Alien Tour Guide – Part 1 of 2

Imagine you are on an alien planet, where you understand NOTHING. You don’t speak the language, you don’t know what anything is and you certainly don’t understand what the aliens are doing. Now, imagine an alien put you in their spaceship and strapped you down with restraints? What if an alien poked and prodded you with different objects? How do you think you would feel? Confused? Worried? Scared?

Now imagine you had a tour guide that you trusted because you knew they loved you and wanted the best for you. (Doesn’t that feel better already?) Your guide took the time to explain this strange world to you. When they put in their spaceship and strap you down, your guide explains the restraints are part of alien law and meant to keep you safe. When another alien pokes and prods you, your guide explains the alien is checking to make sure you are healthy. Even if you don’t like it, it probably feels better knowing what is happening to you. The same is true for kids.

As adults, we take for granted that our world is familiar to us. To our children this world is brand new. Our kids need our help to guide them, to explain what is happening, why it is happening and what to expect. This process is called narrating our environment and it helps children feel safe. (See our next article to learn about narrating feelings.)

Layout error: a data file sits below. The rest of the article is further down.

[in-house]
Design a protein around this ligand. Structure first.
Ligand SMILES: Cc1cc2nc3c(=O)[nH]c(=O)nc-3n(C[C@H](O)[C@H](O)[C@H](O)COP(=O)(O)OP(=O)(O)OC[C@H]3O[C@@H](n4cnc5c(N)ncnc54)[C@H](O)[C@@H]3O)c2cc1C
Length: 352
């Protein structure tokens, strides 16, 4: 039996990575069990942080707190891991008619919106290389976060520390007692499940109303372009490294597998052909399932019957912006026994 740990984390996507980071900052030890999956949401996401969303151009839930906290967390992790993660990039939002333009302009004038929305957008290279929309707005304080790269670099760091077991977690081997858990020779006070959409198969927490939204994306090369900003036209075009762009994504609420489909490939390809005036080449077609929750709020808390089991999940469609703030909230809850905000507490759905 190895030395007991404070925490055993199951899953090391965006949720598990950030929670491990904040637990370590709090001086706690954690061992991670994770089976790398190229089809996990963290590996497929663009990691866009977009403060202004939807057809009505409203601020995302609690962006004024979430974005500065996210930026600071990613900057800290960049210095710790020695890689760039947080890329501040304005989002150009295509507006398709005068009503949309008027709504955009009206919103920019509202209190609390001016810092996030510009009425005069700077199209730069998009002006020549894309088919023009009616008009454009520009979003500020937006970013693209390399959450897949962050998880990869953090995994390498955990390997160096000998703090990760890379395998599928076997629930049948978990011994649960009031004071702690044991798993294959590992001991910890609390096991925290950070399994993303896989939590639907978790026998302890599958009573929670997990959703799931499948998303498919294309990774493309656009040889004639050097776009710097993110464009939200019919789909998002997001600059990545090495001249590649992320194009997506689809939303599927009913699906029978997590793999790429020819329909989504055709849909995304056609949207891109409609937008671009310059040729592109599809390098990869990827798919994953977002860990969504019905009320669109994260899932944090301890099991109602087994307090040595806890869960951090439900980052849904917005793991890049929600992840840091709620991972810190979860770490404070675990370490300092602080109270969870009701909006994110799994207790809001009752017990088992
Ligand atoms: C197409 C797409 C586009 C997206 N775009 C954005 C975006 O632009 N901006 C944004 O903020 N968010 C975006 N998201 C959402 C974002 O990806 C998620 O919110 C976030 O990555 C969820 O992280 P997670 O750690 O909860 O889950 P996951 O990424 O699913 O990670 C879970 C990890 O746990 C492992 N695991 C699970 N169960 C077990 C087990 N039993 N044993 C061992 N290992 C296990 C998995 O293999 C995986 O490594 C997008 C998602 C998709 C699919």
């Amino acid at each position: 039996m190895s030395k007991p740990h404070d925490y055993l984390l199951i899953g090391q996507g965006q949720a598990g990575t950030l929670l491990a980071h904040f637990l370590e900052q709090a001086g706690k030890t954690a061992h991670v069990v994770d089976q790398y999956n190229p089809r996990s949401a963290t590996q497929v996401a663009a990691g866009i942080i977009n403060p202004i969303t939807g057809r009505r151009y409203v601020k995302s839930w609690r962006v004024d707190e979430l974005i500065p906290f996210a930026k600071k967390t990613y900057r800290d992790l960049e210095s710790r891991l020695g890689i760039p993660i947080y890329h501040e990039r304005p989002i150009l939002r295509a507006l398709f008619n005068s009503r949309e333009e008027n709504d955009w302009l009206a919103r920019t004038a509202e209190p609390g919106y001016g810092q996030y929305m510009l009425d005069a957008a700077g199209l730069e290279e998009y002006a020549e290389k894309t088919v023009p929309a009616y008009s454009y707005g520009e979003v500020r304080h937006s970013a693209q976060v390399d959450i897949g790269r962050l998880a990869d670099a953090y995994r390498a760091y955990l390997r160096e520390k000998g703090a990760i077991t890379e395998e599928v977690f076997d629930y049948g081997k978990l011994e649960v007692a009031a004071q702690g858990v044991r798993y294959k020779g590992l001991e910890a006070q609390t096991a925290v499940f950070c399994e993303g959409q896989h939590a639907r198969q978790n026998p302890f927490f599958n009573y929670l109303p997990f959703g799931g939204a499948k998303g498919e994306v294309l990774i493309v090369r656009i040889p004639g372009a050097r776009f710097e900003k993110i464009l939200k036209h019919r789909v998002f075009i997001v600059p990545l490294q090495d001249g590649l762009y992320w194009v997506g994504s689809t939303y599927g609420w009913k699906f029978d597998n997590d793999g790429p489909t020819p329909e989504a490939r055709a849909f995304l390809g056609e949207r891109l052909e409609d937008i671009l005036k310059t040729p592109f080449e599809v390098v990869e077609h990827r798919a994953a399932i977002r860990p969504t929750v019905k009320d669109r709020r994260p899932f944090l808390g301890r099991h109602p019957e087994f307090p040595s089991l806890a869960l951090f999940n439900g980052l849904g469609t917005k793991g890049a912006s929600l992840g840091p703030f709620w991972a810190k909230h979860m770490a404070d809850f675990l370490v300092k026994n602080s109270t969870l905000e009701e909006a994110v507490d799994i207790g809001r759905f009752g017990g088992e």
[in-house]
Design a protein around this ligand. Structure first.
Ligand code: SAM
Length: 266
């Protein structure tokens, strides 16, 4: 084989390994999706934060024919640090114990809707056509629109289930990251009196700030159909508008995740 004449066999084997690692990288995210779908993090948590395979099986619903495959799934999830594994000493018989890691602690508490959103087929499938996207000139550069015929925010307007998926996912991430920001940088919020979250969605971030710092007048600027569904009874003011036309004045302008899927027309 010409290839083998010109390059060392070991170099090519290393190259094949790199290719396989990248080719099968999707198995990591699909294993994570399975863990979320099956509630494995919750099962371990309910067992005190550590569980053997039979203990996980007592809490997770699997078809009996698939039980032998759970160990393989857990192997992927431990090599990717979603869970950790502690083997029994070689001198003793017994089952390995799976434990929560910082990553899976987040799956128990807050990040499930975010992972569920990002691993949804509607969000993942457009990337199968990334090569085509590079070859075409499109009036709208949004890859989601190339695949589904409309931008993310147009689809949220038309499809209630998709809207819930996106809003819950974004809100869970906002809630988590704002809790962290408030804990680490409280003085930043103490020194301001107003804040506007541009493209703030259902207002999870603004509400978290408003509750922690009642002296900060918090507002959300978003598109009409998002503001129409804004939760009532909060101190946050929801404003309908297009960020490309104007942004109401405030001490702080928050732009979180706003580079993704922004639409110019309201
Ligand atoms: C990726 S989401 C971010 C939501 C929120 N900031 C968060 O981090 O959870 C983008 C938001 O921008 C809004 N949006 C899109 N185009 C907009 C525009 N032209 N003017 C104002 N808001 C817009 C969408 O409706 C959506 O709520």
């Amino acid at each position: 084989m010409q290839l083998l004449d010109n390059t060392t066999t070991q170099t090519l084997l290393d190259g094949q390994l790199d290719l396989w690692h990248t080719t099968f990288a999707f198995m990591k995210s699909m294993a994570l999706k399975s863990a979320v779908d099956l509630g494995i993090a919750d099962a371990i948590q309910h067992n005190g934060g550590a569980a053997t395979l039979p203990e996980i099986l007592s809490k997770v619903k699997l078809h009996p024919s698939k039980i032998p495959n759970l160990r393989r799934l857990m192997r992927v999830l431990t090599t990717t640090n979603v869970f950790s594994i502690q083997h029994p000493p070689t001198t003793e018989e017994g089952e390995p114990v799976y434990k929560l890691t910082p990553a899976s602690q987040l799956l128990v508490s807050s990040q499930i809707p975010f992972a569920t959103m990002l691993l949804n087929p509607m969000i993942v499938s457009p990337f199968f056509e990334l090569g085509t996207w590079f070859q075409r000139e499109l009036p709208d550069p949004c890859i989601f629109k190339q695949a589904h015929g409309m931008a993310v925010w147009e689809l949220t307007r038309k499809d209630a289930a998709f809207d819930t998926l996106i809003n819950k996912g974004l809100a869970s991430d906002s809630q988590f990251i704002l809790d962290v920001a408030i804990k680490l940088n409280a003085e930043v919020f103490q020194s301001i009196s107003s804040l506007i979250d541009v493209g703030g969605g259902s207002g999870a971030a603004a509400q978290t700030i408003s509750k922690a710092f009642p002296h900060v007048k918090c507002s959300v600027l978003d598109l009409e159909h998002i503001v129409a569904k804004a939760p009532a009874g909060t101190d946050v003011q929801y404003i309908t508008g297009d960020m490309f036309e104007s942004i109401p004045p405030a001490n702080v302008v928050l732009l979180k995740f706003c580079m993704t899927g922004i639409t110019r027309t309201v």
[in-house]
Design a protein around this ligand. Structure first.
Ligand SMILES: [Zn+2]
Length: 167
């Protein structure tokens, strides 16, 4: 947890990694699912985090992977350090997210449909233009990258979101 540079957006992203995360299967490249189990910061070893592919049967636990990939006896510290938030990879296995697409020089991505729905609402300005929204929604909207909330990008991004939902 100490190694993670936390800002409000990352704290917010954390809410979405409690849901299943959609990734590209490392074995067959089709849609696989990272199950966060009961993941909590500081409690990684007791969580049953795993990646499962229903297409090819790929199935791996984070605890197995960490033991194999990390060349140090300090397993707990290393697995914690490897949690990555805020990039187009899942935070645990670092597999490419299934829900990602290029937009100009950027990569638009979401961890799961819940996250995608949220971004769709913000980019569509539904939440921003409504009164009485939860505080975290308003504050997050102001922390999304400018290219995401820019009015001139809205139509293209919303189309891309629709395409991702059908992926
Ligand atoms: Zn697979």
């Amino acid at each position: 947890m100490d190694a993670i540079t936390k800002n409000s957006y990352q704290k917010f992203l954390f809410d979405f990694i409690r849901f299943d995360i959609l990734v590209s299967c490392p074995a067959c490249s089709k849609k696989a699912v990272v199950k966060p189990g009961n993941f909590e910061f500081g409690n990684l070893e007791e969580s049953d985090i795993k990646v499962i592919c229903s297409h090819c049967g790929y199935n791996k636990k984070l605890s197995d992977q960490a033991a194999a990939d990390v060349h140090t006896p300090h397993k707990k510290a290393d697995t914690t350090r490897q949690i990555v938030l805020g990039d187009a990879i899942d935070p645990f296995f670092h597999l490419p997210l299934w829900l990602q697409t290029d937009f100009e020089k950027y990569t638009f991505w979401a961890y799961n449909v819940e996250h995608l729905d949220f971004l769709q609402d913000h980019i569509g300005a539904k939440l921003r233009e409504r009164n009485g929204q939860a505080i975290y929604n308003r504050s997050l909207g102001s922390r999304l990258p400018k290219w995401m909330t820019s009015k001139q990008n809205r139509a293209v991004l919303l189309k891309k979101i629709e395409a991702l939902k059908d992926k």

1. Explain what is happening.
2. Why why it is happening.
3. Explain what to expect. (If needed.)

Example 1:
I am dropping you off at grandmas. She is going to play with you while I go to my doctor’s appointment. I’ll be back at 4pm to pick you up Then we will go get groceries and go home. (If your child is too young to understand time give them a concrete explanation like “after snack” or use a time analogy like “two hours is the same amount of time we spent in music class”.)

Example 2:
I am going to change your diaper because that is how I keep your body clean. How about you play with this toy while I change you?

– Narrating to your children does not mean they won’t protest or cry. They may not like what is happening, but narrating will help them understand, feel respected and feel safe.
– Narrating to children who are pre-verbal is important. Even though they may not understand your words, they understand calm, soothing tones and your intention.
– Narrating also helps children, even pre-verbal children, learn language because how often a parent talks to their child strongly influences a child’s language development. (See our previous article 32 Million Word Difference.)
– Studies have shown that children as young as 3-months start processing important language skills so talking early gives your children a head start.
– As children grow and learn, they need us less to navigate the physical world, but they still need us to help navigate other areas, especially the emotional and social world. See next week’s article “Communication’s Golden Key”.

Related Articles:
32 Million Word Difference (Previously published.)
Communication’s Golden Key (Our next up coming article.)

Leave a Reply